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How to prove -(-x)=x

  1. Sep 18, 2008 #1
    I realize this is really simple but I'm stuck, I've worked on it for awhile All that needs to be done is proving that -(-x)=x. We are allowed to use:
    1) (x+y)+z=x+(y+z)
    2) (xy)z=x(yz)
    3) x(y+z)=xy+xz
    4)There is a unique element 0 element of real numbers s.t. 0+x=x for all x
    5) For each x an element of real numbers there is a unique y element of real numbers s.t. x+y=0 and we write y=-x
    6) There is a unique element 1 an element of the real numbers s.t. x(1)=x for all x element of r and 0 does not equal 1
    7) For each x an element of the real numbers with x not equal to 0 there is a unique element y an element of the real numbers s.t. x(y)=1 and or x(1/x)=1
    8) x is greater than y implies x+z greater than y+z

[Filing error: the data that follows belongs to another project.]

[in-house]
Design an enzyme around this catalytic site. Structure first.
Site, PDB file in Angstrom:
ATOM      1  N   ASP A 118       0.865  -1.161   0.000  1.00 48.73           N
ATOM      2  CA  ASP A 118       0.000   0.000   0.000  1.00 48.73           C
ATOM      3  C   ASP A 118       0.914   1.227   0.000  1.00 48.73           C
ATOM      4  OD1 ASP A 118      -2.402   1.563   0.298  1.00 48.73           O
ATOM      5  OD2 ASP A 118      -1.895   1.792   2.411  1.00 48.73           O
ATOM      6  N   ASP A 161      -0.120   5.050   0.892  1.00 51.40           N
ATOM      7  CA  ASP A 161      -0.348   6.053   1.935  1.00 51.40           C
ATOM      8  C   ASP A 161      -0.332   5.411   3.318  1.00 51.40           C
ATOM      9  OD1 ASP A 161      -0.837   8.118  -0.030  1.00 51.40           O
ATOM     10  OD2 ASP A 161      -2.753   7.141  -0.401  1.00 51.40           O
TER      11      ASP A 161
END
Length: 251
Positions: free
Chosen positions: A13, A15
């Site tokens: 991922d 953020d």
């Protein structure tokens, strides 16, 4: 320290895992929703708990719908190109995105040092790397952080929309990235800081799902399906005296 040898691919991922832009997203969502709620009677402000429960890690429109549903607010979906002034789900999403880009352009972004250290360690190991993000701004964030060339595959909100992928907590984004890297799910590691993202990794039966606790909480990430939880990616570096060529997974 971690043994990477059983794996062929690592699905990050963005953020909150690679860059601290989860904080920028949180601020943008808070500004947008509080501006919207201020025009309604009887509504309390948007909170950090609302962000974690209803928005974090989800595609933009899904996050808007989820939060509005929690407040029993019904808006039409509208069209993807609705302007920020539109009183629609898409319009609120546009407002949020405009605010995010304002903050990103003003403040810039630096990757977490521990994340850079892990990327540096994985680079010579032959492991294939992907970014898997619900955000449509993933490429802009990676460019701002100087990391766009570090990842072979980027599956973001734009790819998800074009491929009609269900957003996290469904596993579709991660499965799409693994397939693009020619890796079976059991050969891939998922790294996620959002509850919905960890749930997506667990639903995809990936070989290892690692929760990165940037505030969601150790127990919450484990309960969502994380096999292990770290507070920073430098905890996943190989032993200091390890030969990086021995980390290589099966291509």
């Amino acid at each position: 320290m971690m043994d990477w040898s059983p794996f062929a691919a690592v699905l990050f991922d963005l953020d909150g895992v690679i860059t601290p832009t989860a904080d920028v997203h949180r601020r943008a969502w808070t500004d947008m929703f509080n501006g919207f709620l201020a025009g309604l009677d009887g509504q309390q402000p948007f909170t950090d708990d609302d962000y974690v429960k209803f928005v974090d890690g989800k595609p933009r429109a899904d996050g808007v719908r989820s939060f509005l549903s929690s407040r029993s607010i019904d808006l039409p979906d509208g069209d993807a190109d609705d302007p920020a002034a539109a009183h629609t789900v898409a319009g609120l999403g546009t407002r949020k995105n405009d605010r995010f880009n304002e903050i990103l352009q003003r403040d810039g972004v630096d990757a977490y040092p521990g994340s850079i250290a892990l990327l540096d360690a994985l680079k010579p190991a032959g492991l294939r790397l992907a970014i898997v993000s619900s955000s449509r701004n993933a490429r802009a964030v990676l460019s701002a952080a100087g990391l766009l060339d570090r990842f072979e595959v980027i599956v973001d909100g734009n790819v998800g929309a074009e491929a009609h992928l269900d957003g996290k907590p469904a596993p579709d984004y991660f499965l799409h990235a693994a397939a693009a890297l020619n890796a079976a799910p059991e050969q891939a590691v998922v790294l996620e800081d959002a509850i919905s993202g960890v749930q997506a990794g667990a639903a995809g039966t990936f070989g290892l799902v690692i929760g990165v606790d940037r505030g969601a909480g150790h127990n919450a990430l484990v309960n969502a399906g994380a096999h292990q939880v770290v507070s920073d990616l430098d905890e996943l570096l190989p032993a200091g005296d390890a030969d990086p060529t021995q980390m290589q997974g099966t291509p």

9) x less than y and y less than z implies x less than z
    10) For x,y an element of the real numbers exactly one of the following is true: x greater than y, y greater than x, or x=y
    11) x greater than y and z greater than 0 implies xz less than yz
     
  2. jcsd
  3. Sep 18, 2008 #2
    x = x
    -1(x) = -1(x)
    -x = -x
    (-x)/-1 = x

    and since 1/-1 = -1/1 = -1, then we have
    -(-x) = x
     
  4. Sep 18, 2008 #3
    0 + -(-x) = -(-x)

    But 0 = x + -x

    so

    [x +-x] + -(-x) = -(-x)

    x + [-x + -(-x)] = -(-x)

    x + 0 = x = -(-x)
     
  5. Sep 18, 2008 #4
    In this step:

    x + [-x + -(-x)] = -(-x)

    Aren't you assuming that -x + -(-x) = 0, which is the same as assuming that -(-x) = x?

    Or am I missing something?
     
  6. Sep 18, 2008 #5

    Doesn't it have to be true though? Let -x = y

    Then y + -(y) = 0. You bring up a good point though, so I'm wondering if my logic is correct...
     
  7. Sep 18, 2008 #6
    It has to be true, but it's what we're trying to prove, so I don't think you can assume it. But what you just posted, I think that would be a good proof.
     
  8. Sep 18, 2008 #7
    y + -y = 0

    let y = -x